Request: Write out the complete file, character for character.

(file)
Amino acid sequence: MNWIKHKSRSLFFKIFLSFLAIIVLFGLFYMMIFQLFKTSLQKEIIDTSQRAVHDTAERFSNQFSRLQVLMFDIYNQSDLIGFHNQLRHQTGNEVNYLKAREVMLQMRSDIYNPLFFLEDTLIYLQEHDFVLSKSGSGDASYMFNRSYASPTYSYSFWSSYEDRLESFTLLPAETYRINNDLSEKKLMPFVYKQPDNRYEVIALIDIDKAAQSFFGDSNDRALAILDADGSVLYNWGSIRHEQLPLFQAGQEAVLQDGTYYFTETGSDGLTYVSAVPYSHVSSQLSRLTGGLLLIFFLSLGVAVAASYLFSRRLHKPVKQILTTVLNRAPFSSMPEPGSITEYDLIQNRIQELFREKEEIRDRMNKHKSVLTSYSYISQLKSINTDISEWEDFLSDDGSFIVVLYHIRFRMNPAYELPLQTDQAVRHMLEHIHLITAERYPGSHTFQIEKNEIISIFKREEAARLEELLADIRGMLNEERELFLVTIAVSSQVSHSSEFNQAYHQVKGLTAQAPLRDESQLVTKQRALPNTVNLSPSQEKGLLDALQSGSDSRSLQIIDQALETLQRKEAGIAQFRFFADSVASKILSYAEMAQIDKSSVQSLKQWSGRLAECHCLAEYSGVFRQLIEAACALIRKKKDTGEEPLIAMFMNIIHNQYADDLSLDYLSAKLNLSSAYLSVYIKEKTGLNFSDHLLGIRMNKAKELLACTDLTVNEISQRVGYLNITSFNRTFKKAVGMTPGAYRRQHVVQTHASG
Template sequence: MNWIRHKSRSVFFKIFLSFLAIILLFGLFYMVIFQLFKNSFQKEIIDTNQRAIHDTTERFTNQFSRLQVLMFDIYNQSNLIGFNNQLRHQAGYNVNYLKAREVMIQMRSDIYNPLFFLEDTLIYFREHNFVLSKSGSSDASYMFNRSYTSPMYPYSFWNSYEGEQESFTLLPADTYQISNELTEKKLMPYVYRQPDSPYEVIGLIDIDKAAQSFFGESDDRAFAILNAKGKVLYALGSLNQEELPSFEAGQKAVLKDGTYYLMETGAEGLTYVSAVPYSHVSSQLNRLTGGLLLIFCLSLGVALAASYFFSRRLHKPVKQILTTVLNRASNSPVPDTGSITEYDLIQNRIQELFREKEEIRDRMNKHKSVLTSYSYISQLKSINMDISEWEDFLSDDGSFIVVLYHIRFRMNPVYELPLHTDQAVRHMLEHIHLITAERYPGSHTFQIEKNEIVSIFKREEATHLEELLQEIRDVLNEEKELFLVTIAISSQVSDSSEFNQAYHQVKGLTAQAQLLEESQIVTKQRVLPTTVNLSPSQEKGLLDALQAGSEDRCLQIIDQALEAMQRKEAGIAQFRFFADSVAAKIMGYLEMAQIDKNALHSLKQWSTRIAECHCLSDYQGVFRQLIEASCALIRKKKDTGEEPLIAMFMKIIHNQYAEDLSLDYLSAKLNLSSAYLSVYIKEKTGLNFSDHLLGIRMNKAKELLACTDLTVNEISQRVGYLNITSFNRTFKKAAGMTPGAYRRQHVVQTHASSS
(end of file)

Amino acid sequence: MNWIKHKSRSLFFKIFLSFLAIIVLFGLFYMMIFQLFKTSLQKEIIDTSQRAVHDTAERFSNQFSRLQVLMFDIYNQSDLIGFHNQLRHQTGNEVNYLKAREVMLQMRSDIYNPLFFLEDTLIYLQEHDFVLSKSGSGDASYMFNRSYASPTYSYSFWSSYEDRLESFTLLPAETYRINNDLSEKKLMPFVYKQPDNRYEVIALIDIDKAAQSFFGDSNDRALAILDADGSVLYNWGSIRHEQLPLFQAGQEAVLQDGTYYFTETGSDGLTYVSAVPYSHVSSQLSRLTGGLLLIFFLSLGVAVAASYLFSRRLHKPVKQILTTVLNRAPFSSMPEPGSITEYDLIQNRIQELFREKEEIRDRMNKHKSVLTSYSYISQLKSINTDISEWEDFLSDDGSFIVVLYHIRFRMNPAYELPLQTDQAVRHMLEHIHLITAERYPGSHTFQIEKNEIISIFKREEAARLEELLADIRGMLNEERELFLVTIAVSSQVSHSSEFNQAYHQVKGLTAQAPLRDESQLVTKQRALPNTVNLSPSQEKGLLDALQSGSDSRSLQIIDQALETLQRKEAGIAQFRFFADSVASKILSYAEMAQIDKSSVQSLKQWSGRLAECHCLAEYSGVFRQLIEAACALIRKKKDTGEEPLIAMFMNIIHNQYADDLSLDYLSAKLNLSSAYLSVYIKEKTGLNFSDHLLGIRMNKAKELLACTDLTVNEISQRVGYLNITSFNRTFKKAVGMTPGAYRRQHVVQTHASG
Template sequence: MNWIRHKSRSVFFKIFLSFLAIILLFGLFYMVIFQLFKNSFQKEIIDTNQRAIHDTTERFTNQFSRLQVLMFDIYNQSNLIGFNNQLRHQAGYNVNYLKAREVMIQMRSDIYNPLFFLEDTLIYFREHNFVLSKSGSSDASYMFNRSYTSPMYPYSFWNSYEGEQESFTLLPADTYQISNELTEKKLMPYVYRQPDSPYEVIGLIDIDKAAQSFFGESDDRAFAILNAKGKVLYALGSLNQEELPSFEAGQKAVLKDGTYYLMETGAEGLTYVSAVPYSHVSSQLNRLTGGLLLIFCLSLGVALAASYFFSRRLHKPVKQILTTVLNRASNSPVPDTGSITEYDLIQNRIQELFREKEEIRDRMNKHKSVLTSYSYISQLKSINMDISEWEDFLSDDGSFIVVLYHIRFRMNPVYELPLHTDQAVRHMLEHIHLITAERYPGSHTFQIEKNEIVSIFKREEATHLEELLQEIRDVLNEEKELFLVTIAISSQVSDSSEFNQAYHQVKGLTAQAQLLEESQIVTKQRVLPTTVNLSPSQEKGLLDALQAGSEDRCLQIIDQALEAMQRKEAGIAQFRFFADSVAAKIMGYLEMAQIDKNALHSLKQWSTRIAECHCLSDYQGVFRQLIEASCALIRKKKDTGEEPLIAMFMKIIHNQYAEDLSLDYLSAKLNLSSAYLSVYIKEKTGLNFSDHLLGIRMNKAKELLACTDLTVNEISQRVGYLNITSFNRTFKKAAGMTPGAYRRQHVVQTHASSS